An Overview on Access Control Models

An Overview on Access Control Models

Mouad Mammass (Ibn Zohr University, Agadir, Morocco) and Fattehallah Ghadi (Ibn Zohr University, Agadir, Morocco)
Copyright: © 2015 |Pages: 11
DOI: 10.4018/IJAEC.2015100103
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Research in the field of information security systems and access control were initiated in the early seventies by United States Department of Defense, following the emergence of new technical, scientific and social challenges. Since, many models of security have been set up to answer to some specific needs with more or less accuracy in term of security. This manuscript gives a survey on the current security models with a specific classification in term of their use: Access Control, Flow Control and Administration. This manuscript is the subject of an assessment of advantages and drawbacks of access control models cited in literature and also the efficiency of their security policies. Finally, a presentation of the contributions of Flow Control and Administration models that allow the reinforcement of the security.
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1. Introduction

IT security has evolved following the rapid technological progress and at the same time because of the modern social contexts. Due to that, various security models have been successfully developed and implemented within companies or computer system. May be mentioned the models: DAC (R.J. Feiertag 1980), MAC (C.E. Landwehr, C.L. Heitmeyer & J. McLean 1984), I-BAC (B. Lampson 1971), R-BAC (J. Barkley 1995; S. Gavrila & J. Barkley 1998; R. E. Brooks), T-BAC (N. Dimmock, J. Bacon, D. Ingram & K. Moody 2005), V-BAC (R. Lentzner 2004), T-MAC (R.K. Thomas 1997) or Or-BAC (A. Abou El Kalam,, R. ElBaida, P. Balbiani, S. Benferhat, F. Cuppens, Y. Deswarte, A. Miège, C. Saurel et G. Trouessin 2003). New models generally appear to respond to military problems that require a high degree of confidentiality, while the problems of civil order are more interested in ensuring the integrity.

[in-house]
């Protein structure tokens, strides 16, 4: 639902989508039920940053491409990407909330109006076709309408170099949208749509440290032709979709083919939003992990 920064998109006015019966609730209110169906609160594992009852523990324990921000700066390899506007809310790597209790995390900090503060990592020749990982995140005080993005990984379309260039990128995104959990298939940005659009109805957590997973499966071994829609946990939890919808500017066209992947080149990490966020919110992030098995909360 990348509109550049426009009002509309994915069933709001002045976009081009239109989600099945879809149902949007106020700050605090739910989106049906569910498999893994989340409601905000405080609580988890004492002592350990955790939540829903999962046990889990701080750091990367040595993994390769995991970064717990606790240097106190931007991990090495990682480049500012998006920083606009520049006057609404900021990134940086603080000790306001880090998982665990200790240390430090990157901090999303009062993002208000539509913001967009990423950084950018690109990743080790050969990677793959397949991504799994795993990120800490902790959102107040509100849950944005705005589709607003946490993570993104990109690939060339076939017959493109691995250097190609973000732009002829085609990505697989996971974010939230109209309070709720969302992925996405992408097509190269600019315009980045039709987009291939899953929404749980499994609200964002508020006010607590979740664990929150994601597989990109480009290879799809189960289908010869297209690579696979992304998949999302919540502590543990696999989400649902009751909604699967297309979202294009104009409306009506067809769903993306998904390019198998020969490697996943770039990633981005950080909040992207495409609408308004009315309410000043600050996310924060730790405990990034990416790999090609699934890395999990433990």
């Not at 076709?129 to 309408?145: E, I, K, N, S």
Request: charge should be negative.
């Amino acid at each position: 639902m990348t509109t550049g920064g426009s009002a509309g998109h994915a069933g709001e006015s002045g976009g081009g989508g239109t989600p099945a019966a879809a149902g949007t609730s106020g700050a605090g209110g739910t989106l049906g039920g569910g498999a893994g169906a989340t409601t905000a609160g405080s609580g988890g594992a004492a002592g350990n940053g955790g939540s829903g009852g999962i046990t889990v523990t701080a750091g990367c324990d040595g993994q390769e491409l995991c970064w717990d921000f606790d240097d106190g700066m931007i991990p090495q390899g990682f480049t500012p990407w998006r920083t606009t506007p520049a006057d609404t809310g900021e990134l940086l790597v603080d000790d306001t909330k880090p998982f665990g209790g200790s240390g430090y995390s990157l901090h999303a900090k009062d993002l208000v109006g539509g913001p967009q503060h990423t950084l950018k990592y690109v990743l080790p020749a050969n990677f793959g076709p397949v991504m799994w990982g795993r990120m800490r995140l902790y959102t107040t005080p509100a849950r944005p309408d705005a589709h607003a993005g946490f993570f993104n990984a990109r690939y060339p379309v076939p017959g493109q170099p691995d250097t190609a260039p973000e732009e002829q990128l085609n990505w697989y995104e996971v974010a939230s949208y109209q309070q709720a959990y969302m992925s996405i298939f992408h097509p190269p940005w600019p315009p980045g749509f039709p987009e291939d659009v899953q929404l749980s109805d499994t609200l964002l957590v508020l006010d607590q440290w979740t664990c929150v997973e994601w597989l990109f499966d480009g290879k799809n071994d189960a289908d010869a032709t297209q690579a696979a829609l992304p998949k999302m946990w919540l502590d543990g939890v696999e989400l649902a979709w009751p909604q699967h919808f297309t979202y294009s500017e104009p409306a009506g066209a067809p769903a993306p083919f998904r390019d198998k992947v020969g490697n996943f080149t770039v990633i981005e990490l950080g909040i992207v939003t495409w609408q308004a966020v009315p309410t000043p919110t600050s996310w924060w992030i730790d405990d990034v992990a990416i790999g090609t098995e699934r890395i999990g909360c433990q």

Access control models are often declined following the main security policies: Discretionary (discretionary access control DAC), Mandatory (mandatory access control MAC), Role-based (role based access control R-BAC) or based on the organization (organization-based access control Or-BAC).

There are also a number of combinations of these models such as T-MAC (team-based access control) and T-BAC (task-based access control), to refine and to adapt the logical access control depending on the environment in which it is implemented and which are more or less adapted to the security policy of the company.

In this paper, we are interested in a more specific classification of security models, which are: Access Control (B.W. Lampson 1974), Flow Control (D.E. Bell & L.J. Lapadula 1975) and Administration.

In section 2, we present generalities about access control and a survey on different access control models pointing their advantages and limitations. Section 3 is devoted to models of flow control and at the end, section 4 presents the administration part.

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